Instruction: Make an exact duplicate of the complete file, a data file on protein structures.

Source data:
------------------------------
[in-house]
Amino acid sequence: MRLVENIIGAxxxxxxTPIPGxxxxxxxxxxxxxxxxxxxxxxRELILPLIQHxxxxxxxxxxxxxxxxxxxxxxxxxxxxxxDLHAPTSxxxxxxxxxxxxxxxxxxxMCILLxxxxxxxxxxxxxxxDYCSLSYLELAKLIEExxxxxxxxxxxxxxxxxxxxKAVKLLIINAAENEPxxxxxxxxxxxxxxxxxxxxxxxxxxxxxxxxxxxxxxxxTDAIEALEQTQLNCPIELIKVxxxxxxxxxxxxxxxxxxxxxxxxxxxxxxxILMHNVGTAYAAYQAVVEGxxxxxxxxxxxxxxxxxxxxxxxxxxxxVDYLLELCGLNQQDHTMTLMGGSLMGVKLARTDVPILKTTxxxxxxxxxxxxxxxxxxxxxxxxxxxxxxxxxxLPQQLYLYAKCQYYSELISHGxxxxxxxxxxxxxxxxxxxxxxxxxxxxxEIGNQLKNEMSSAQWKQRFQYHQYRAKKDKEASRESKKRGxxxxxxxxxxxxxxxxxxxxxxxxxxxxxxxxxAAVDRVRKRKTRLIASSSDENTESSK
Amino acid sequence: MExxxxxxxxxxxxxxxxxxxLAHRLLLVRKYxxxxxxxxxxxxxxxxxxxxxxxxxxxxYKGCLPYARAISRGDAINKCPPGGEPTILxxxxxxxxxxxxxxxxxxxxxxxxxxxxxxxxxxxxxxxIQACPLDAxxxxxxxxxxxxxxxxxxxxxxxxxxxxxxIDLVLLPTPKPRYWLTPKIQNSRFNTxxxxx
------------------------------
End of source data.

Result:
[in-house]
Amino acid sequence: MRLVENIIGAxxxxxxTPIPGxxxxxxxxxxxxxxxxxxxxxxRELILPLIQHxxxxxxxxxxxxxxxxxxxxxxxxxxxxxxDLHAPTSxxxxxxxxxxxxxxxxxxxMCILLxxxxxxxxxxxxxxxDYCSLSYLELAKLIEExxxxxxxxxxxxxxxxxxxxKAVKLLIINAAENEPxxxxxxxxxxxxxxxxxxxxxxxxxxxxxxxxxxxxxxxxTDAIEALEQTQLNCPIELIKVxxxxxxxxxxxxxxxxxxxxxxxxxxxxxxxILMHNVGTAYAAYQAVVEGxxxxxxxxxxxxxxxxxxxxxxxxxxxxVDYLLELCGLNQQDHTMTLMGGSLMGVKLARTDVPILKTTxxxxxxxxxxxxxxxxxxxxxxxxxxxxxxxxxxLPQQLYLYAKCQYYSELISHGxxxxxxxxxxxxxxxxxxxxxxxxxxxxxEIGNQLKNEMSSAQWKQRFQYHQYRAKKDKEASRESKKRGxxxxxxxxxxxxxxxxxxxxxxxxxxxxxxxxxAAVDRVRKRKTRLIASSSDENTESSK
Amino acid sequence: MExxxxxxxxxxxxxxxxxxxLAHRLLLVRKYxxxxxxxxxxxxxxxxxxxxxxxxxxxxYKGCLPYARAISRGDAINKCPPGGEPTILxxxxxxxxxxxxxxxxxxxxxxxxxxxxxxxxxxxxxxxIQACPLDAxxxxxxxxxxxxxxxxxxxxxxxxxxxxxxIDLVLLPTPKPRYWLTPKIQNSRFNTxxxxx